Full Bios (incl photo) for each of the Contributors can be found at: http://SevenFlashFiction.weebly.com  

Where did you get your training? How long have you been writing flash fiction? Have you always written, have you always wanted to write?

I think my path to becoming a writer is rather unique. I was sixty-two before I wrote my first story, ever. And I will be sixty-four before this book is published. I have never written fiction before. Never even tried. My writing up until very recently has been academic and analytically focused. I had done some journal writing intermittently as process-writing, but that’s it. Back in high school I wrote my final English exam interpreting a poem about the Tree of Life, referencing photosynthesis/ chlorophyll / life cycle / and the ecosystem. I was clearly off the mark. Words and imagery, conveying personal experience through metaphor or simile was not my forte, comfort level, or inclination.

Since beginning to write fiction three years ago, I have been published in twenty-five international literary journals, magazines, and anthologies, and have more in the queue.

My training is in Psychology. I am a seasoned Family Therapist. Decades of ‘being fully present’ in the therapy session has made the transition into writing surprisingly seamless for me. As Pulitzer Prize winner Robert Olen Butler describes, ‘writing takes place in the Dreamscape’. Being fully present in this ‘Place of Solitude’ is where writing is best explored and fashioned. I enjoy this space. It is where I am most myself. And it is where I create from.

I discovered flash fiction reading journals and magazines online. There is a dynamic global flash fiction community. I read flash fiction journals regularly and enjoy discovering new writers (new to me) – the talent out there is magic. I quickly found online workshops teaching flash fiction and have participated in many three-day, ten-day, and monthly workshops, and continue to enrol in one every month or two. The workshops are lots of fun, generative, and attended by highly creative, respectful, and generous writers. I’m totally hooked.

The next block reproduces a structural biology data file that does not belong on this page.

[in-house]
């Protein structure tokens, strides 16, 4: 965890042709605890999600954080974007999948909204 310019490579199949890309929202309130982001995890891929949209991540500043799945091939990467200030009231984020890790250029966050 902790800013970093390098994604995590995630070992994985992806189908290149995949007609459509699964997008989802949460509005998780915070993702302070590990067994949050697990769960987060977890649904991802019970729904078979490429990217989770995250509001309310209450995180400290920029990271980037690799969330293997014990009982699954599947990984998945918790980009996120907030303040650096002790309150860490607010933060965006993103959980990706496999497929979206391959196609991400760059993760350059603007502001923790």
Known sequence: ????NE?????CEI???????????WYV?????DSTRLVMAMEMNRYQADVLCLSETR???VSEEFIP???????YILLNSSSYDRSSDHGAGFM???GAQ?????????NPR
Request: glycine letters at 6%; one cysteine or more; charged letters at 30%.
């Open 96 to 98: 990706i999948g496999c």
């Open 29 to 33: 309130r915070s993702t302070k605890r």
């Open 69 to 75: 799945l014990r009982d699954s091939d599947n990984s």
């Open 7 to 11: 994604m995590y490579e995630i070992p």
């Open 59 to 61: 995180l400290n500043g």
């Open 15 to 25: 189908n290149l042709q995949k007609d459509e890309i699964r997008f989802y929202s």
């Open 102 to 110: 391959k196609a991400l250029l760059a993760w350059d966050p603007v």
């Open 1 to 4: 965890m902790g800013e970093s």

What do you enjoy most about editing?

Cultivating a relationship with the writer is a must for the editing process to be successful.

Pulling back to the barest of form and arriving at clarity is what motivates me in editing. I love the process. Finding increasing precision in word choice is my kind of fun. I delight in the concision, word craft, play, and intentional word choice used to create imagery that resonates and evokes an emotional response in the reader. My tool is a thesaurus. I clean up a piece to reveal its essence, letting it take center stage and shine. Presenting a re-configured or revised passage to a writer who chooses to accept it, is the ultimate satisfaction for an editor.

What’s next?

I have a lot of ideas, although only two have reached the planning stage. 1. A flash fiction anthology similarly structured to The Group of Seven Reimagined, ekphrastic writing, – flash fiction inspired by visual art. This time showcasing the surrealist and magic realism artists Leonora Carrington, Remedios Varo and Kati Horna. and 2. A collection of flash fiction, all my own pieces.